>    c:   ebfffffe        bl      0 <foo>
>   10:   e58d0004        str     r0, [sp, #4]
>   14:   e1a0d00b        mov     sp, fp
>   18:   e8bd4800        pop     {fp, lr}
>   1c:   e12fff1e        bx      lr
>
> As you can see, no inlining took place, so there is still a reference
> to foo().  However, no definition for foo() is actually present.
>
> If I instead define foo as "static __inline", then the definition of
> foo() is retained:
>
> 00000000 <bar>:
>    0:   e92d4800        push    {fp, lr}
>    4:   e1a0b00d        mov     fp, sp
>    8:   e24dd008        sub     sp, sp, #8
>    c:   eb000003        bl      20 <foo>
>   10:   e58d0004        str     r0, [sp, #4]
>   14:   e1a0d00b        mov     sp, fp
>   18:   e8bd4800        pop     {fp, lr}
>   1c:   e12fff1e        bx      lr
>
> 00000020 <foo>:
>   20:   e3a00005        mov     r0, #5
>   24:   e12fff1e        bx      lr
>
> Finally, if I compile with -O2, then in either case, inlining takes
> place and there's no problem:
>
> 00000000 <bar>:
>    0:   e3a00005        mov     r0, #5
>    4:   e12fff1e        bx      lr
>
> I know there are some weird semantics among different compilers with
> the inline/__inline keywords in C when you don't pair them with
> static, but I can't imagine that this is correct.  Is there a bug
> here, or am I missing something?

No bug; those are the rules according to the C99 standard.  You can
force the old GNU inline semantics with "-std=gnu89", if that's what
your code is expecting...

-Eli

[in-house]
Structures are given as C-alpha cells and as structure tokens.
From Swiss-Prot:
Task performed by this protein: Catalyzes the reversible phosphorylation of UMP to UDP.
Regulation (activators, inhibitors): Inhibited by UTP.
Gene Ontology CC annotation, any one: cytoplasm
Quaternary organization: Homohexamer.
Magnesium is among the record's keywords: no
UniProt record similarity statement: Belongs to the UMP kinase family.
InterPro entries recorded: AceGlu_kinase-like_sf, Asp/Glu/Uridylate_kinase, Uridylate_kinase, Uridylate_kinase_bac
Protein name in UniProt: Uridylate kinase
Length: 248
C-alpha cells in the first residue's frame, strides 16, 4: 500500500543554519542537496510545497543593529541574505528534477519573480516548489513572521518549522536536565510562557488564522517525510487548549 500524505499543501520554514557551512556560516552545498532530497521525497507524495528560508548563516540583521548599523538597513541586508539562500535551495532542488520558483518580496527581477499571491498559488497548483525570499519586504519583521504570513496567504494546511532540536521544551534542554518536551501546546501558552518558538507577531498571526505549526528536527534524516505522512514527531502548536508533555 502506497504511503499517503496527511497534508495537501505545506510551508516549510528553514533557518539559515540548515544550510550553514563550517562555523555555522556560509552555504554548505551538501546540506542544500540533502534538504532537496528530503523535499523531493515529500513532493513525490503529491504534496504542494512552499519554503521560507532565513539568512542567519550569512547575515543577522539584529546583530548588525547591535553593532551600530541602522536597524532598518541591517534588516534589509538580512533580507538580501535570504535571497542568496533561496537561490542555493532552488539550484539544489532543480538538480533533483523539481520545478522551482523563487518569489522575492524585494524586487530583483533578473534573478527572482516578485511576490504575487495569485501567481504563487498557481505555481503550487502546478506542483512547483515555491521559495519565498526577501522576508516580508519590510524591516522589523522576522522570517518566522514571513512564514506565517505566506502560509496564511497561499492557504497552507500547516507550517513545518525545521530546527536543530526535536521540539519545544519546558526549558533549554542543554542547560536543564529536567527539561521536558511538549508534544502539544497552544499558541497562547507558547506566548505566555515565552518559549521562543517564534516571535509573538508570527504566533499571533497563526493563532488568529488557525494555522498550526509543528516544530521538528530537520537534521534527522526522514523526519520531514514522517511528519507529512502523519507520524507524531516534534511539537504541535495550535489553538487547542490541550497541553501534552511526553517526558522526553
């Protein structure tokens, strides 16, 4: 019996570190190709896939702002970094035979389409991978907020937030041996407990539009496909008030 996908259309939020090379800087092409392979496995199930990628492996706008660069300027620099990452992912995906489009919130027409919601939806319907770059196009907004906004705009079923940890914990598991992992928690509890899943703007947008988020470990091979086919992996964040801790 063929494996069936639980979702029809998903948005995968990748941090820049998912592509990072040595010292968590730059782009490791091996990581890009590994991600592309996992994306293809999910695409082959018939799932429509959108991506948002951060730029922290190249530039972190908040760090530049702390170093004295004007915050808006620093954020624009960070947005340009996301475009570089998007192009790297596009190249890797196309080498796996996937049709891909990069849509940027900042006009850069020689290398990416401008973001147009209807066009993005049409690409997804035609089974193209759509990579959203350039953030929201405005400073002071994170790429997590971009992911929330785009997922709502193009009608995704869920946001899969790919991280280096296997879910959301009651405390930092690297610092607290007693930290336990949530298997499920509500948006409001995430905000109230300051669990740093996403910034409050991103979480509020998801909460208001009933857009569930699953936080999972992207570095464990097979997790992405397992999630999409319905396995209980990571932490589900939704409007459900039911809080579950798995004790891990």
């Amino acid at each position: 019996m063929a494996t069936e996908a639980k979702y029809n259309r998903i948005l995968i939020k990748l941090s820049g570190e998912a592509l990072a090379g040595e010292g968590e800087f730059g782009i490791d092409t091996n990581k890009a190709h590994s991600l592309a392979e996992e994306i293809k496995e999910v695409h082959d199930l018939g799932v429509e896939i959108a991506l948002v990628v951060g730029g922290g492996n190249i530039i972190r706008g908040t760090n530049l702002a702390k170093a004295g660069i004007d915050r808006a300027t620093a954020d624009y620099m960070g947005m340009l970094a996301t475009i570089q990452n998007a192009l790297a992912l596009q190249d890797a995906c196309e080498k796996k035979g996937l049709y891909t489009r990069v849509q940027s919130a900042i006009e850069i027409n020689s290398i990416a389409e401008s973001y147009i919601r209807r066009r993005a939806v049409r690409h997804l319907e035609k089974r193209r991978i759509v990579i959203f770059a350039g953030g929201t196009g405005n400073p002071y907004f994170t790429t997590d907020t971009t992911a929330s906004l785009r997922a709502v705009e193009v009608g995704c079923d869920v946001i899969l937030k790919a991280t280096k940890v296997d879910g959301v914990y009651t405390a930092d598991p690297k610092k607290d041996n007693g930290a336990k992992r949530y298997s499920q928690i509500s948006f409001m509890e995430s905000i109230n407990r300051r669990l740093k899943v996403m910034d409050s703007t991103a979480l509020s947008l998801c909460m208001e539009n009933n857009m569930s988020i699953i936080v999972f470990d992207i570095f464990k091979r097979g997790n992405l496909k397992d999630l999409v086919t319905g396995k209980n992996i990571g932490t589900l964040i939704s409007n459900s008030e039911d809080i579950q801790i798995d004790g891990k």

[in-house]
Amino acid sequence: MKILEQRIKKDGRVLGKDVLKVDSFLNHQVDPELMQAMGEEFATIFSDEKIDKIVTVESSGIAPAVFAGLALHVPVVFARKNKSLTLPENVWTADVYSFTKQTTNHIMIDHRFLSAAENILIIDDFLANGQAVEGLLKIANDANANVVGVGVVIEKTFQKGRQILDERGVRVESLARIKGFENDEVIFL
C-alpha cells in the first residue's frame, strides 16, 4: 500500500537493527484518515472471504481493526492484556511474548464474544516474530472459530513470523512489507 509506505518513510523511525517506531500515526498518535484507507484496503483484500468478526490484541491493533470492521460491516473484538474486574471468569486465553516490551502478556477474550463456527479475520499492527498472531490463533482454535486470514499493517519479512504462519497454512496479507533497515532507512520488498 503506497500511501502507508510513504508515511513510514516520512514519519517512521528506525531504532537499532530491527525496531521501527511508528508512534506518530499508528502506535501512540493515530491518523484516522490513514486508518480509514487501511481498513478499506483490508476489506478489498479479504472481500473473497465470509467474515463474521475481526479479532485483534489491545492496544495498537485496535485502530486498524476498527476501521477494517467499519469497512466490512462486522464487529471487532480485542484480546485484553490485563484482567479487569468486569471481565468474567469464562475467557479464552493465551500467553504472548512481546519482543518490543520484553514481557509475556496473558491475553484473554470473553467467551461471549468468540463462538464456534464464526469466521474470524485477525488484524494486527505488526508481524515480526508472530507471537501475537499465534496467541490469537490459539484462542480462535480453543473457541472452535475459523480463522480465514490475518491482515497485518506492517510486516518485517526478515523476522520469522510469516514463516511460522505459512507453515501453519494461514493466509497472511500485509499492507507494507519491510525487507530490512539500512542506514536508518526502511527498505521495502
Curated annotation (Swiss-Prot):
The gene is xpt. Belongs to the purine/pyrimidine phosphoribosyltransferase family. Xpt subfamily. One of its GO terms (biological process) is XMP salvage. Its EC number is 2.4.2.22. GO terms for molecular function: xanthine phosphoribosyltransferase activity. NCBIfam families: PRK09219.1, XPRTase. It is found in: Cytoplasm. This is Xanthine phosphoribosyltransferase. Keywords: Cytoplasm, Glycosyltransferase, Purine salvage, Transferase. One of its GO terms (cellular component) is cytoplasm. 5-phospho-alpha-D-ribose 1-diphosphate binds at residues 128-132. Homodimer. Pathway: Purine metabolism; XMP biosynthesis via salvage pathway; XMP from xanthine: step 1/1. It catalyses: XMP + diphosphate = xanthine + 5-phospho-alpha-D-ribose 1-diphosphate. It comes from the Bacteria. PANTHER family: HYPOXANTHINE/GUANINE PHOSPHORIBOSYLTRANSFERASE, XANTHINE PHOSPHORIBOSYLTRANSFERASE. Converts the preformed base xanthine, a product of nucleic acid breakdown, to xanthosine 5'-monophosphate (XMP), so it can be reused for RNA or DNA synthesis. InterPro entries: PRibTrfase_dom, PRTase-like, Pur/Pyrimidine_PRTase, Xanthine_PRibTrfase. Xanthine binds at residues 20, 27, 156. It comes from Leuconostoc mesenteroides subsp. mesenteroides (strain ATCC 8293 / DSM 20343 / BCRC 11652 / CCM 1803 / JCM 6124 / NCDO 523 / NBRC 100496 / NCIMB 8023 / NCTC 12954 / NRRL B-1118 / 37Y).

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Re: Problem with __inline keyword

Anton Korobeynikov-2
In reply to this post by Matt Fischer
Hello

> I know there are some weird semantics among different compilers with
> the inline/__inline keywords in C when you don't pair them with
> static, but I can't imagine that this is correct.  Is there a bug
> here, or am I missing something?
Yes, clang is correct here, you're missing C99 inline semantics. You
can either read C99 standard or
http://clang.llvm.org/compatibility.html#inline

--
With best regards, Anton Korobeynikov
Faculty of Mathematics and Mechanics, Saint Petersburg State University
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Re: Problem with __inline keyword

Matt Fischer
Ah ok, guess I just didn't dig deep enough when reading up on this.
Thanks for the explanation.

On Fri, Jul 6, 2012 at 6:01 PM, Anton Korobeynikov
<[hidden email]> wrote:

> Hello
>
>> I know there are some weird semantics among different compilers with
>> the inline/__inline keywords in C when you don't pair them with
>> static, but I can't imagine that this is correct.  Is there a bug
>> here, or am I missing something?
> Yes, clang is correct here, you're missing C99 inline semantics. You
> can either read C99 standard or
> http://clang.llvm.org/compatibility.html#inline
>
> --
> With best regards, Anton Korobeynikov
> Faculty of Mathematics and Mechanics, Saint Petersburg State University